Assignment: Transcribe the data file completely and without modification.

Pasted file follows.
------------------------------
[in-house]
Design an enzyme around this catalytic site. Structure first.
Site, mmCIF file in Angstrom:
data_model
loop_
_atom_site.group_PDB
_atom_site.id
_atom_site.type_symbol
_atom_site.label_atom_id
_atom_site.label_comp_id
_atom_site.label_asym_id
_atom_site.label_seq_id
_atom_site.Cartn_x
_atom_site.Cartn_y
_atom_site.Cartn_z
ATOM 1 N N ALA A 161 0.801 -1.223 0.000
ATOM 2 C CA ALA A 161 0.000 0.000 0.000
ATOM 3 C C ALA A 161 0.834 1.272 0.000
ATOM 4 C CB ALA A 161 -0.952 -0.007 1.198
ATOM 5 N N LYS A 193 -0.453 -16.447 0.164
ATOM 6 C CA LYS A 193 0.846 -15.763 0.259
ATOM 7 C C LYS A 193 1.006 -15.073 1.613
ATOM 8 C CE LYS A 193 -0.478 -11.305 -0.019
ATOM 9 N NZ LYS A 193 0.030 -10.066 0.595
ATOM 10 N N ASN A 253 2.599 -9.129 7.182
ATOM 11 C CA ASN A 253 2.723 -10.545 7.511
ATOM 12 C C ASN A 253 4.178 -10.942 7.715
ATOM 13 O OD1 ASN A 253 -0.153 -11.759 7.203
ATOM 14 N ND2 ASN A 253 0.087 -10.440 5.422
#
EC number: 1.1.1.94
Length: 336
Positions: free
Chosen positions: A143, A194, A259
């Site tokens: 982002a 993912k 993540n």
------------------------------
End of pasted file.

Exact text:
[in-house]
Design an enzyme around this catalytic site. Structure first.
Site, mmCIF file in Angstrom:
data_model
loop_
_atom_site.group_PDB
_atom_site.id
_atom_site.type_symbol
_atom_site.label_atom_id
_atom_site.label_comp_id
_atom_site.label_asym_id
_atom_site.label_seq_id
_atom_site.Cartn_x
_atom_site.Cartn_y
_atom_site.Cartn_z
ATOM 1 N N ALA A 161 0.801 -1.223 0.000
ATOM 2 C CA ALA A 161 0.000 0.000 0.000
ATOM 3 C C ALA A 161 0.834 1.272 0.000
ATOM 4 C CB ALA A 161 -0.952 -0.007 1.198
ATOM 5 N N LYS A 193 -0.453 -16.447 0.164
ATOM 6 C CA LYS A 193 0.846 -15.763 0.259
ATOM 7 C C LYS A 193 1.006 -15.073 1.613
ATOM 8 C CE LYS A 193 -0.478 -11.305 -0.019
ATOM 9 N NZ LYS A 193 0.030 -10.066 0.595
ATOM 10 N N ASN A 253 2.599 -9.129 7.182
ATOM 11 C CA ASN A 253 2.723 -10.545 7.511
ATOM 12 C C ASN A 253 4.178 -10.942 7.715
ATOM 13 O OD1 ASN A 253 -0.153 -11.759 7.203
ATOM 14 N ND2 ASN A 253 0.087 -10.440 5.422
#
EC number: 1.1.1.94
Length: 336
Positions: free
Chosen positions: A143, A194, A259
């Site tokens: 982002a 993912k 993540n």